|FIgure 1 ROC (Receiver-Operator Curve): Graph of sensitivity (true positive rate) versus anti-sensitivity (false positive rate) computed by changing the operating point (threshold for declaring a test numeric value positive for disease). High area under the curve (AUC) is favorable because it means less anti-sensitivity for high sensitivity (upper left corner of shaded area more to the left, and higher). The dots on the curve are operating points. An inclusive operating point (high on the curve, high sensitivity) is used for screening tests, whereas an exclusive operating point (low on the curve, low anti-sensitivity) is used for definitive diagnosis.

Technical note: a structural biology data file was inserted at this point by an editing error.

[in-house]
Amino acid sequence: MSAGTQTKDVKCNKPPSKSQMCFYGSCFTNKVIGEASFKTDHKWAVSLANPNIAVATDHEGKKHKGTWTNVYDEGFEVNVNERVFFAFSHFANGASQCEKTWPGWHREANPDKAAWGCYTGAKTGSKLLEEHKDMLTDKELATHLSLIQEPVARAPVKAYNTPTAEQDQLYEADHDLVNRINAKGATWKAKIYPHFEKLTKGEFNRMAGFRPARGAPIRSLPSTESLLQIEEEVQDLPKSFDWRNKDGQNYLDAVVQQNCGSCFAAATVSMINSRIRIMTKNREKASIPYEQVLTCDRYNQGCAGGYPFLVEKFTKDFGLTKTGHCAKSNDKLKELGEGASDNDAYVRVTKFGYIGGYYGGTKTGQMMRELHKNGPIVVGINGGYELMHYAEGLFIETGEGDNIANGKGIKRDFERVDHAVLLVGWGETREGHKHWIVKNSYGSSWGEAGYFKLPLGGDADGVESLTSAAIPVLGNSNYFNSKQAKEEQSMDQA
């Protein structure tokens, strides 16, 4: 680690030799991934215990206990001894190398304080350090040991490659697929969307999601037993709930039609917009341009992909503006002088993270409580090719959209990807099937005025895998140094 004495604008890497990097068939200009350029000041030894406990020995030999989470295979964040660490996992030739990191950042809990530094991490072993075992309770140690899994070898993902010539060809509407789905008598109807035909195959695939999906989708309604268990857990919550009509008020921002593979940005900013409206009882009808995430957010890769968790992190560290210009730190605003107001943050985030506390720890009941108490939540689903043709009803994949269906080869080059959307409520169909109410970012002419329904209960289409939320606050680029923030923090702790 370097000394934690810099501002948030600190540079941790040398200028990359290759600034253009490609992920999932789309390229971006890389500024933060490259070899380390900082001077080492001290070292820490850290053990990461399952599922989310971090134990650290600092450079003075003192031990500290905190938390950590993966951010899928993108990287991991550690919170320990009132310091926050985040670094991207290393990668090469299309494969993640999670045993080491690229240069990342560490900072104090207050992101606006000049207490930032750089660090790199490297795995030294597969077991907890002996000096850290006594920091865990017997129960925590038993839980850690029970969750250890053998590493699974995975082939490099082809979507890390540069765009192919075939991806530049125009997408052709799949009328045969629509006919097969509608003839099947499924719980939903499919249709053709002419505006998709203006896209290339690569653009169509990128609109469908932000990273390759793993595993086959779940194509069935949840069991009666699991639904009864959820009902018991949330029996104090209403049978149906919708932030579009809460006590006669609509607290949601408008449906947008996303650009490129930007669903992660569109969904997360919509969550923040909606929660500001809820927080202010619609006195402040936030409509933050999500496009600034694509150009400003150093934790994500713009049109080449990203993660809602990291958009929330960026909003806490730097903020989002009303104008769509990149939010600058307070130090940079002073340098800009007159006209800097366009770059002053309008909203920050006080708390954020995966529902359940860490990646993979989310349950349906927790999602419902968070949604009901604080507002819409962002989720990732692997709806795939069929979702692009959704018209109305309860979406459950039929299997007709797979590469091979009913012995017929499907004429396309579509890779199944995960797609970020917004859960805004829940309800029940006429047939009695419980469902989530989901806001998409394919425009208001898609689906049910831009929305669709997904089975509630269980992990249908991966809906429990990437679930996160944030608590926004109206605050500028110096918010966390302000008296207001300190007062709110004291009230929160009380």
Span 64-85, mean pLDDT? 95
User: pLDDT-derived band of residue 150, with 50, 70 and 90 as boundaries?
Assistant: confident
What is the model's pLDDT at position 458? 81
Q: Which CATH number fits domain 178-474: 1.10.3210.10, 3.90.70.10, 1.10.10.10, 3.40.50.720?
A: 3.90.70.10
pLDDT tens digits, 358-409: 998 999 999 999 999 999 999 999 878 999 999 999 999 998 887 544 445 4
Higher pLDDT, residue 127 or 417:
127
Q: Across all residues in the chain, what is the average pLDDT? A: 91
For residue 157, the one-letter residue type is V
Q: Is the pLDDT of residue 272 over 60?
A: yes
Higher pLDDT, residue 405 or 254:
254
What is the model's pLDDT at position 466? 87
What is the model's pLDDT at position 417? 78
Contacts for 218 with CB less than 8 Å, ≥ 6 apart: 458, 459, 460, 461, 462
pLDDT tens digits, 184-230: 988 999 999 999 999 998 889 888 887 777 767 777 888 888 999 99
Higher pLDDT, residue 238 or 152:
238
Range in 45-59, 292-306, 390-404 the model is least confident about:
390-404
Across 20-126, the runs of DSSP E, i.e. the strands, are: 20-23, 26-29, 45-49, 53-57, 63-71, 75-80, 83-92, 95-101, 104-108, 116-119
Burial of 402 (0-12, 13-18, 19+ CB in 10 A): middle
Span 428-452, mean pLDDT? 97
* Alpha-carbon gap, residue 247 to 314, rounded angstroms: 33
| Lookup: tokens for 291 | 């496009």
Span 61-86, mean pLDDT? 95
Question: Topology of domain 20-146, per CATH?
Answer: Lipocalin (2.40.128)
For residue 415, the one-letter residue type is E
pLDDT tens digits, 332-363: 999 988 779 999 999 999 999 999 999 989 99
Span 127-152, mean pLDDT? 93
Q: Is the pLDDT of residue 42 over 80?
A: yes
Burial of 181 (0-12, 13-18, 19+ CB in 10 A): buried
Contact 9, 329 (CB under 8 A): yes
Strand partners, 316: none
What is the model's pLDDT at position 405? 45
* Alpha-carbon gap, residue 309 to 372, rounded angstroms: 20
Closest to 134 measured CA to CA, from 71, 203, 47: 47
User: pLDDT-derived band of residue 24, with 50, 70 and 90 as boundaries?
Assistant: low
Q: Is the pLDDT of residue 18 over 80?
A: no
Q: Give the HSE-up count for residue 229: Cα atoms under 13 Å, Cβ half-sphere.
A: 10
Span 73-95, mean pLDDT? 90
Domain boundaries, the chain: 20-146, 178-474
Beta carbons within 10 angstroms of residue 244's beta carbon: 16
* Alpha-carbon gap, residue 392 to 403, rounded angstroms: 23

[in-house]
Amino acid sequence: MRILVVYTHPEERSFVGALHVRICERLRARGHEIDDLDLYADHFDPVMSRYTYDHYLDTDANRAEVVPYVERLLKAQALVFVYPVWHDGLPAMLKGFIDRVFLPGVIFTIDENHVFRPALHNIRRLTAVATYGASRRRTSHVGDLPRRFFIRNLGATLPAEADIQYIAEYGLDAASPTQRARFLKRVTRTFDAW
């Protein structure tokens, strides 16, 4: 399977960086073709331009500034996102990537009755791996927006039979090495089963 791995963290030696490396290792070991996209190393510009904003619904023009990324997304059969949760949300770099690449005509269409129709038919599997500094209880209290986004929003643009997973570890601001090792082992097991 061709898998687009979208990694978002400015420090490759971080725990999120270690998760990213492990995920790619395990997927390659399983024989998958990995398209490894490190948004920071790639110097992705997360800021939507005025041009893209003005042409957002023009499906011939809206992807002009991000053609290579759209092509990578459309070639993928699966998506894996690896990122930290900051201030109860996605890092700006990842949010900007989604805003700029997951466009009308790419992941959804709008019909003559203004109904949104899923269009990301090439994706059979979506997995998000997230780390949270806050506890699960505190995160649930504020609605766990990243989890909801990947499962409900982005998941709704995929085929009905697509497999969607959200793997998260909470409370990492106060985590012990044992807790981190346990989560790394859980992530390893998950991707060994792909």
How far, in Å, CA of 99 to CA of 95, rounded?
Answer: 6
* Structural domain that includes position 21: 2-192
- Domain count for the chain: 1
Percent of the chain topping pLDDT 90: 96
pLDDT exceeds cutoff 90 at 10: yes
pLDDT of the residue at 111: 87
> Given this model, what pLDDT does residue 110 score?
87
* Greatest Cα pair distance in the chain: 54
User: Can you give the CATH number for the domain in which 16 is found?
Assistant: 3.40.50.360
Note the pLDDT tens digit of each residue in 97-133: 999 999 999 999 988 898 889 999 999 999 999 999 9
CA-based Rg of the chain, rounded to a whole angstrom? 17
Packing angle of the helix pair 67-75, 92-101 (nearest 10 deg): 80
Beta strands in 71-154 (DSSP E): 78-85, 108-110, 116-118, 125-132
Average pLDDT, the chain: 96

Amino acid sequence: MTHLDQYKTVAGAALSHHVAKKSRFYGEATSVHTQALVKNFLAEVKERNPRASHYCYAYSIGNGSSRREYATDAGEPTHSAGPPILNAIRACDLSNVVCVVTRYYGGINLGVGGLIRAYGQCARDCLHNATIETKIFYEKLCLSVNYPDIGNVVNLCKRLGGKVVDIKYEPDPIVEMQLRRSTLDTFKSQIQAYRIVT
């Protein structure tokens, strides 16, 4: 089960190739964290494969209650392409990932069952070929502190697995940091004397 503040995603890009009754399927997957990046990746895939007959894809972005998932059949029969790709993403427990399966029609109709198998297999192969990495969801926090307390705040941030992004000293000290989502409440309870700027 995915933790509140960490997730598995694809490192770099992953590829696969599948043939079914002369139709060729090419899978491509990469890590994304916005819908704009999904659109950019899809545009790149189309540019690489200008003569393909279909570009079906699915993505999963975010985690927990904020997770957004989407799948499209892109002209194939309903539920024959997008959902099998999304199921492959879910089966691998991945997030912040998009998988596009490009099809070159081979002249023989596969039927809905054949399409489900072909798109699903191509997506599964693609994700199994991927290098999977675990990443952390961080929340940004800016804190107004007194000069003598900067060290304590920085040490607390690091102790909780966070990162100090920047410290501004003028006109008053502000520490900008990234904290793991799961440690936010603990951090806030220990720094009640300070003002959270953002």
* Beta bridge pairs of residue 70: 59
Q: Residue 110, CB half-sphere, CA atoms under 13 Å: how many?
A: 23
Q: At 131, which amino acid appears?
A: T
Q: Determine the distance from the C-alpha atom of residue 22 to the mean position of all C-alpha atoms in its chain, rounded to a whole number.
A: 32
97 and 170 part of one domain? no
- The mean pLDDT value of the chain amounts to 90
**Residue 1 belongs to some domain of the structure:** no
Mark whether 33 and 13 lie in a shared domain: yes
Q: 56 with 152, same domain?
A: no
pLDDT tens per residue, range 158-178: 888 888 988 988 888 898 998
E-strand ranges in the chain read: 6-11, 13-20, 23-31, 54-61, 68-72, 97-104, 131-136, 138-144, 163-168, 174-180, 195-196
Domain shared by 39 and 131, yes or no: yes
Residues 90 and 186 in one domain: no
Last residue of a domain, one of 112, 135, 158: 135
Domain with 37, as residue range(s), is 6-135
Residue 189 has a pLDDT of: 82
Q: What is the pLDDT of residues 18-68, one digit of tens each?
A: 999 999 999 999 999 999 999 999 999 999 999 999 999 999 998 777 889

Cost benefit analysis generally is based on a semi-lattice, or upside-down branching tree, which represents all choices and outcomes. It is important to include all branches down to final outcomes. For example, if the test is a mammogram to screen for breast cancer, the cost is not just the cost of the test, and the benefit “early diagnosis.” The cost-benefit calculation forces us to put a numerical value on the impact, such as a financial cost to an avoidable death, or we can get a numerical result in terms of quality life years expected. The cost, however, is not just the cost of the mammogram, but also of downstream events such as the cost of the needle biopsies for the suspicious “positives” and so on.